SBS 2003 Group Policy Issue

Posted on 2011-03-07
Medium Priority
Last Modified: 2012-06-27
I am working with a fresh install of SBS 2003 R2 Premium. I modified Group Policy to redirect Application Data, Desktop & Documents folders to a network share. Worked great.

Problem is I need to install a vendor software package that saves a file to the local Applicaiton Data folder, so I disabled the policies, rebooted, ran GPupdate /force, dcgpofix and scratched my head bloody, but the thing is still redirecting Applicaiton Data and Desktop. How in the world do i get it to stop redirecting these folders?

The server is still in lab, with all Service Pack & updates installed. Once the vendor software is installed, I copy the file created to the network redirect and the software runs fine. I simply forgot to install it before doing the policy. Any suggestions?
Question by:michaelm352
  • 3
LVL 78

Expert Comment

by:Rob Williams
ID: 35065455
In the policy itself did you check "Redirect the folder back to the local user profile when the policy is removed"?
If not try that, followed by GPupdate /force.
Seems to me folder redirection requires 2 logons before applied, after GPupdate

Author Comment

ID: 35065720
I re-enabled the policy, ensured the "Redirect the folder back, etc" was checked, followed by two gpupdate /force, then a reboot. Desktop and app data once again are redirected.

After the reboot, i disabled the policy, followed by three gpupdate /force, and another reboot, but the folders are still redirecting. .... ... .. . At a loss here...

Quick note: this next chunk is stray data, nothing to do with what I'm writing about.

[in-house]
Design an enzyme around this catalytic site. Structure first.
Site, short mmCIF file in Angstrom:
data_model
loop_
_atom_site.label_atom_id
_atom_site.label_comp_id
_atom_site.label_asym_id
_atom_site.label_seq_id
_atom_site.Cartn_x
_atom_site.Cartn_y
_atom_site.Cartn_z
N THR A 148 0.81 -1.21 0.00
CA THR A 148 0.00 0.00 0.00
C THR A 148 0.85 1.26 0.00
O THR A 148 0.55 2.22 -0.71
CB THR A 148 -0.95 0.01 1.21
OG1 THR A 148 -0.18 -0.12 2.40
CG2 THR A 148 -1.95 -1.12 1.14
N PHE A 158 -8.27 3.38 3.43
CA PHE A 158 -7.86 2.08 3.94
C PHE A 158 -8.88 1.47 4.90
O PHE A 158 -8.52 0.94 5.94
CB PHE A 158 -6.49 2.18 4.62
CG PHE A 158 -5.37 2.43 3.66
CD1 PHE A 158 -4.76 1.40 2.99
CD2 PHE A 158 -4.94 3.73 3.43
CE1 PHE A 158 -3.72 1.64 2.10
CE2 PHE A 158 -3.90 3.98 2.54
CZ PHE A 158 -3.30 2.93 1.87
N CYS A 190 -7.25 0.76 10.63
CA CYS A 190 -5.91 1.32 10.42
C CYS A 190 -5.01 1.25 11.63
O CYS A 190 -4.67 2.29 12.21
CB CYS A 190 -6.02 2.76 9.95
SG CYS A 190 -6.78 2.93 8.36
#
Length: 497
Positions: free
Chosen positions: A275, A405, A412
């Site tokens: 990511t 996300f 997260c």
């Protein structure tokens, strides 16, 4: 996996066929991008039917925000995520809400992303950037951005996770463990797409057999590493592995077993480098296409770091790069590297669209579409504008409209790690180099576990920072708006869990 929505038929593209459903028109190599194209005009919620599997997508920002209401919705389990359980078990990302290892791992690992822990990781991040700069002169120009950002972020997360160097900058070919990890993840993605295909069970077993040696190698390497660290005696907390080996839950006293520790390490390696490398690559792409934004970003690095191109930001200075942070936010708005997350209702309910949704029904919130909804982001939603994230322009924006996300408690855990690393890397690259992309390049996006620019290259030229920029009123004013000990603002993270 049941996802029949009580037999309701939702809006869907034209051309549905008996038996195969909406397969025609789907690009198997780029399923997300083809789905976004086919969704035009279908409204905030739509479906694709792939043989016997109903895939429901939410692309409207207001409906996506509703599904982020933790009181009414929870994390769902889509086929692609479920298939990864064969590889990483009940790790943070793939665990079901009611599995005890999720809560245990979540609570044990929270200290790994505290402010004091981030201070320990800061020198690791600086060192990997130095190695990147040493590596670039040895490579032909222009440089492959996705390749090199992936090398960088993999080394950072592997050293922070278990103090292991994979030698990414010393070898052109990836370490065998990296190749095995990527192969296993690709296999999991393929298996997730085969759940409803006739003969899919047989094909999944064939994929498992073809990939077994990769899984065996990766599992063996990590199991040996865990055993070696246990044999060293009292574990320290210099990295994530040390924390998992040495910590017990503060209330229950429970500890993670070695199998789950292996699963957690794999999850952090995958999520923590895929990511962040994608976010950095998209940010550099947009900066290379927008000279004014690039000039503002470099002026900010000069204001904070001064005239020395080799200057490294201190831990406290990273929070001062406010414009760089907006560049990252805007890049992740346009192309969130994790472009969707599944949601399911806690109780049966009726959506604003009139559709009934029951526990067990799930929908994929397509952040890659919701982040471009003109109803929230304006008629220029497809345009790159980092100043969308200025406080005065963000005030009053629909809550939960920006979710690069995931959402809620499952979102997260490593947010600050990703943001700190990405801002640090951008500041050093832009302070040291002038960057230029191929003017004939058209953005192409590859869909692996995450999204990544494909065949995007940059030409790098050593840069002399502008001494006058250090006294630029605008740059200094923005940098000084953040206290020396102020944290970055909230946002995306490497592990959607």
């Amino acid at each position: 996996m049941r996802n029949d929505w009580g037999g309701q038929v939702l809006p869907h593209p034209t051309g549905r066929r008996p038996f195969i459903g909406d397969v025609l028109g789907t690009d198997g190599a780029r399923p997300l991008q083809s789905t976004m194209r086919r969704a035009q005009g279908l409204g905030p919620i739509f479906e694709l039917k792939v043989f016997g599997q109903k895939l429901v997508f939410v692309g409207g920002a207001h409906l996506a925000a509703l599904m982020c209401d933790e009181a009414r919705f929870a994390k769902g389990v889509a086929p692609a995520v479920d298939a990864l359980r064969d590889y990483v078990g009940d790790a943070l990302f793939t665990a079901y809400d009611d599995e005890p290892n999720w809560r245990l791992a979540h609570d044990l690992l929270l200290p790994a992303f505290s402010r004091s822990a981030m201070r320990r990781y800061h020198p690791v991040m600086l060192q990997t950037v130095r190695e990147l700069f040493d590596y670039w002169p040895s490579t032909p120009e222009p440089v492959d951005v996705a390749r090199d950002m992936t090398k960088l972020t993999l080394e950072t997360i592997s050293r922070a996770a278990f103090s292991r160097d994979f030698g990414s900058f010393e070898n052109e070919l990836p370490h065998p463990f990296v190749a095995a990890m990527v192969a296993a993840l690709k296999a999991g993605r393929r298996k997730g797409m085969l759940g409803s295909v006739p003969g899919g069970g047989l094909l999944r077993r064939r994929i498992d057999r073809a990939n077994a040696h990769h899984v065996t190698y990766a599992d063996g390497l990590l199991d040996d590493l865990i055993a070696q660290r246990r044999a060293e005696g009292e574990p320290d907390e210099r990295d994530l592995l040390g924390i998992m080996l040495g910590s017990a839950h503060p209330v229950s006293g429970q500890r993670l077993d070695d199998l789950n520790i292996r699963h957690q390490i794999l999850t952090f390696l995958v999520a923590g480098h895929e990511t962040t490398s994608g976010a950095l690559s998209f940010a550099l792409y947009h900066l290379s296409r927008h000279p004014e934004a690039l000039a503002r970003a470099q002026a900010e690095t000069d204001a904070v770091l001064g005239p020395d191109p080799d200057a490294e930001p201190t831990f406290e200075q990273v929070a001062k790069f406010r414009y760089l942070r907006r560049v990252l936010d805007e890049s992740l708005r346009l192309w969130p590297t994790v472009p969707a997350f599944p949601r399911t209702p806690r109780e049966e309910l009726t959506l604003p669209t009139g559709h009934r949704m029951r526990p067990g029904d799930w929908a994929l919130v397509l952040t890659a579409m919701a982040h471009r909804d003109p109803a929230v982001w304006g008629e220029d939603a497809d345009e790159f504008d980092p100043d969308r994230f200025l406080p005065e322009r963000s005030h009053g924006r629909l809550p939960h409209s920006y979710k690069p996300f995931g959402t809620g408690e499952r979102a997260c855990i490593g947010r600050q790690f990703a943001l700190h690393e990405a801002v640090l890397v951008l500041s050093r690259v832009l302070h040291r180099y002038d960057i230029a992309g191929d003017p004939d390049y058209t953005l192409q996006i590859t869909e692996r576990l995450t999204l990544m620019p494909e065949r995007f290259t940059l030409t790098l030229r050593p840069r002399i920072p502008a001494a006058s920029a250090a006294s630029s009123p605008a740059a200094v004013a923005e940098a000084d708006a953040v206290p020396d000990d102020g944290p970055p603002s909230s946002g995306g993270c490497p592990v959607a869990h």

LVL 61

Expert Comment

by:Cliff Galiher
ID: 35075135
Common mistake, and common misperception.

What happens here is that when the group policy is *first* applied, if the checkbox to "redirect to original location" is checked then the original location is stored in the registry so that files can get moved back when the GP falls outside of scope. If you initially created the policy WITHOUT checking that box then that setting never got saved to the registry, files got moved, and the "original" location is lost forever. No amount of checking, gpupdate, etc after the fact can recover that info because the data was already moved and the path destroyed.  This is why even reapplying the policy and checking the box doesn't fix the issue. At this point the "original" loYou *cation *is* the server.

All is not lost, however. What you can do is enable folder redirection, and in the location path of the group policy, choose "redirect to the local userprofile location" (I also recommend *UNCHECKING* the move to original location checkbox!)

This will cause folder redirection to move files back to the default location for user profiles on that machine...which in 99% of all cases is what you want.


If you are interested in exactly what the difference is, a simple illustration:

1) You start out with a local profile.

2) Your music is in c:\users\cgaliher\music (win7 assumed here)

3) You right-click on the music folder in your local profile and change the location to a folder on your D: drive because it has more space.

4) Later, folder redirection is enabled and the original location checkbox is checked.

5) Even later, the group policy is disabled.